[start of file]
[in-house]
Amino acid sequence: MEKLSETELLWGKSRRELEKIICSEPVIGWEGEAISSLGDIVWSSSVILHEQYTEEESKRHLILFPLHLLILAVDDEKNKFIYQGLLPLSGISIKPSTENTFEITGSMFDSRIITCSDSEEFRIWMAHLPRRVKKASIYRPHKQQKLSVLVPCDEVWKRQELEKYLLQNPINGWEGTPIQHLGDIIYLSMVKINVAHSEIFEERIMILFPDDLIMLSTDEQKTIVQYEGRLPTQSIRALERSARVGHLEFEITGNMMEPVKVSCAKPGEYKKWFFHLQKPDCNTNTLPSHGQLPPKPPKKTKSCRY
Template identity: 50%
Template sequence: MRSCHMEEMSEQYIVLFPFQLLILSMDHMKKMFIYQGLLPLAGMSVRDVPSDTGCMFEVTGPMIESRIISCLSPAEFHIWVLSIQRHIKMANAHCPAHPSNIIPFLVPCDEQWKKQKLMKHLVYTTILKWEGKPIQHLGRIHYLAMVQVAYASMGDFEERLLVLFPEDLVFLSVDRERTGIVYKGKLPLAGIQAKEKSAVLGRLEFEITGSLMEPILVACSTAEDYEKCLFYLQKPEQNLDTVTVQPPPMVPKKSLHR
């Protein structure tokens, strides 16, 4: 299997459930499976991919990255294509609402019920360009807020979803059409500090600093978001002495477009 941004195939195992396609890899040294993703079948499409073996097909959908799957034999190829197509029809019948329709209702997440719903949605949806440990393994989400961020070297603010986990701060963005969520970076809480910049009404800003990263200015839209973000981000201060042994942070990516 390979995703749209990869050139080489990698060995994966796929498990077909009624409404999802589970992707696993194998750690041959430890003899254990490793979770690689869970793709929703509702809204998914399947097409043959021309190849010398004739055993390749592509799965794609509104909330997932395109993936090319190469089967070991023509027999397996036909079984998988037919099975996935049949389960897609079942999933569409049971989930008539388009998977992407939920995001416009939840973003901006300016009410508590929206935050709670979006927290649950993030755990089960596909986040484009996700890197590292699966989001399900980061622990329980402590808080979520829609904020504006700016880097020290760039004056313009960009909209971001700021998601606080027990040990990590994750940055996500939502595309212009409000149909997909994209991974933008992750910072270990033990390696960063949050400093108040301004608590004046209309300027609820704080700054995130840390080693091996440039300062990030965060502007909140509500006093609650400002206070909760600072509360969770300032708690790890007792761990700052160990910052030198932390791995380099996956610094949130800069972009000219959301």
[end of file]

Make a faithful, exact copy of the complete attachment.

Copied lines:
[in-house]
Amino acid sequence: MEKLSETELLWGKSRRELEKIICSEPVIGWEGEAISSLGDIVWSSSVILHEQYTEEESKRHLILFPLHLLILAVDDEKNKFIYQGLLPLSGISIKPSTENTFEITGSMFDSRIITCSDSEEFRIWMAHLPRRVKKASIYRPHKQQKLSVLVPCDEVWKRQELEKYLLQNPINGWEGTPIQHLGDIIYLSMVKINVAHSEIFEERIMILFPDDLIMLSTDEQKTIVQYEGRLPTQSIRALERSARVGHLEFEITGNMMEPVKVSCAKPGEYKKWFFHLQKPDCNTNTLPSHGQLPPKPPKKTKSCRY
Template identity: 50%
Template sequence: MRSCHMEEMSEQYIVLFPFQLLILSMDHMKKMFIYQGLLPLAGMSVRDVPSDTGCMFEVTGPMIESRIISCLSPAEFHIWVLSIQRHIKMANAHCPAHPSNIIPFLVPCDEQWKKQKLMKHLVYTTILKWEGKPIQHLGRIHYLAMVQVAYASMGDFEERLLVLFPEDLVFLSVDRERTGIVYKGKLPLAGIQAKEKSAVLGRLEFEITGSLMEPILVACSTAEDYEKCLFYLQKPEQNLDTVTVQPPPMVPKKSLHR
């Protein structure tokens, strides 16, 4: 299997459930499976991919990255294509609402019920360009807020979803059409500090600093978001002495477009 941004195939195992396609890899040294993703079948499409073996097909959908799957034999190829197509029809019948329709209702997440719903949605949806440990393994989400961020070297603010986990701060963005969520970076809480910049009404800003990263200015839209973000981000201060042994942070990516 390979995703749209990869050139080489990698060995994966796929498990077909009624409404999802589970992707696993194998750690041959430890003899254990490793979770690689869970793709929703509702809204998914399947097409043959021309190849010398004739055993390749592509799965794609509104909330997932395109993936090319190469089967070991023509027999397996036909079984998988037919099975996935049949389960897609079942999933569409049971989930008539388009998977992407939920995001416009939840973003901006300016009410508590929206935050709670979006927290649950993030755990089960596909986040484009996700890197590292699966989001399900980061622990329980402590808080979520829609904020504006700016880097020290760039004056313009960009909209971001700021998601606080027990040990990590994750940055996500939502595309212009409000149909997909994209991974933008992750910072270990033990390696960063949050400093108040301004608590004046209309300027609820704080700054995130840390080693091996440039300062990030965060502007909140509500006093609650400002206070909760600072509360969770300032708690790890007792761990700052160990910052030198932390791995380099996956610094949130800069972009000219959301």